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Warwick Denver Hotel Names Jean Claude Cavalera Exec Chef

From the Riviera to the Rockies to Randolph’s

June 29, 2011 - Jean Claude Cavalera is bringing classic training in his native France and two decades of experience in the Rocky Mountains’ culinary scene to a new post as Executive Chef at Warwick Denver Hotel. Cavalera will oversee the culinary team of the award-winning Randolph’s Restaurant and Bar, along with all banquet and catering services.

For the past 20 years, Cavalera owned a popular four-star restaurant in the Grand Lake, Colorado area featuring upscale European dining. He also owns Timberline Smoking Company in Grand County, Colorado, which produces smoked salmon for hotels and restaurants throughout the state. New recipes created for Warwick Denver will marry the finest local Colorado product with a strong European sensibility. New dinner items have already been introduced and new banquet menus reflecting the cuisines of world-class cities are being developed.

“Warwick Hotels are truly an international brand, with our headquarters in Paris and more than 50 hotels around the globe,” said Cole Mansfield, general manager. “We have great chefs throughout the world, and Jean Claude is certainly qualified to join those ranks. He combines two distinctive repetoirs, from traditional Continental dining to the tastes of the Rocky Mountain region, which makes him a very unique culinary voice.”

Since coming to the U.S., Cavalera lead culinary teams for five-star luxury hotels on both coasts, including the cities of San Diego, Laguna Niguel, Georgetown and Boston. While in Boston, Cavalera worked with and became a friend of the legendary Julia Child. Cavalera graduated from culinary school in Nice on the French Riviera and served as a chef in the French army before becoming private chef to a wealthy private citizen. He worked at major hotels in Monte Carlo and at the Savoy in London.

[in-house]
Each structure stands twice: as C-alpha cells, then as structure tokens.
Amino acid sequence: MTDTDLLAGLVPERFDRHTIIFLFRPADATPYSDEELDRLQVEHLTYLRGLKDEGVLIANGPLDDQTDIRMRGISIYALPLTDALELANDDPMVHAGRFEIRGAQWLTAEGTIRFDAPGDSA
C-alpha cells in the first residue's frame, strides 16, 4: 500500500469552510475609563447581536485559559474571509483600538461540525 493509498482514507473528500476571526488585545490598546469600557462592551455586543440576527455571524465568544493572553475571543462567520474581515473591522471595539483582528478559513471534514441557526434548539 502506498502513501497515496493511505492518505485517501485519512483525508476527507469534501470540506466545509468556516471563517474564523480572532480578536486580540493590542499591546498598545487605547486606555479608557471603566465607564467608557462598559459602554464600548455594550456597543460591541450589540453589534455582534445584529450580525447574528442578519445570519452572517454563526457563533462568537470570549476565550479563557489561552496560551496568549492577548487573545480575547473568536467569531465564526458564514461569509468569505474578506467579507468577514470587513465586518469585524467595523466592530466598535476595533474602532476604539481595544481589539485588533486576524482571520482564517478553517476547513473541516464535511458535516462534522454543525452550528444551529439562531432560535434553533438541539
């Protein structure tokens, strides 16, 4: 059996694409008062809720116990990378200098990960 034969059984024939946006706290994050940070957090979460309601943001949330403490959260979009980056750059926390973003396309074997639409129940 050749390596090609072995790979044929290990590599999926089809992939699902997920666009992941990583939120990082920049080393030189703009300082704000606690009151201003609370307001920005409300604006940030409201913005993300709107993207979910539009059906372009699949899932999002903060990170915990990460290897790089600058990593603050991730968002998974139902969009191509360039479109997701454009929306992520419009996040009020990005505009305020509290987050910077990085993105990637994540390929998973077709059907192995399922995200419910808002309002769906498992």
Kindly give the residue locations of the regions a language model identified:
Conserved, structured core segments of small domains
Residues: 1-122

About Warwick Denver Hotel/Randolph’s Restaurant and Bar

Warwick Denver Hotel (www.warwickdenver.com) at 1776 Grant offers the most spacious accommodations in downtown Denver, 10,000 square feet of flexible meeting space and an ambiance of comfortable luxury combined with gracious personal service. Randolph’s Restaurant and Bar (www.randolphsdenver.com) is open for breakfast, lunch, dinner and Sunday brunch, with an all-day dining menu available in the bar.

About Warwick International Hotels

WIH was founded in 1980 with the purchase of Warwick New York, a hotel originally built by William Randolph Hearst for his Hollywood friends. The WIH Group now includes more than 50 prestigious Hotels, Resorts & Spas worldwide, located in city centres and resort destinations in the United States, Caribbean, Europe, Middle East, Africa, Southeast Asia, South Pacific and Bali. More details available at: www.warwickhotels.com.

Coming Up In The April Online Hotel Business Review


Feature Focus
Guest Service: Customer Service is a Key Business Differentiator
In today's hyper-competitive, hyper-connected global marketplace, customer experience has assumed a major role as a key business differentiator. There is a growing understanding that competition based on products or price alone is no longer a viable strategy. Since feature or function advantages can be quickly duplicated and/or enhanced, product innovation is no longer the differentiator it once was. And competition based on price impairs profitability. On the other hand, research indicates that 86 percent of consumers said they would be willing to pay more for a better customer experience. To protect both market share and margins, hotel companies must provide customers with consistent, compelling experiences - before, during, and after their purchases - across all major channels. There are many things organizations can do to deliver a superior customer experience. Management must align everything a company does with the customer service experience in mind. They must assign high value to anticipation of customers' real needs and desires, and they must incentivize and reward personal initiative in the pursuit of customer satisfaction. They must respond quickly to customer requests. They must ensure that customer interactions are highly personalized, and they must deliver the right information to the right place at the right time. And perhaps most importantly, upper management must create a culture where customer service is valued and esteemed, taught and rewarded. Customer experience leaders who can drive this kind of cultural change will radically affect their companies? competitive position and business performance. The April issue of the Hotel Business Review will document what some leading hotels are doing to cultivate and manage guest satisfaction in their operations.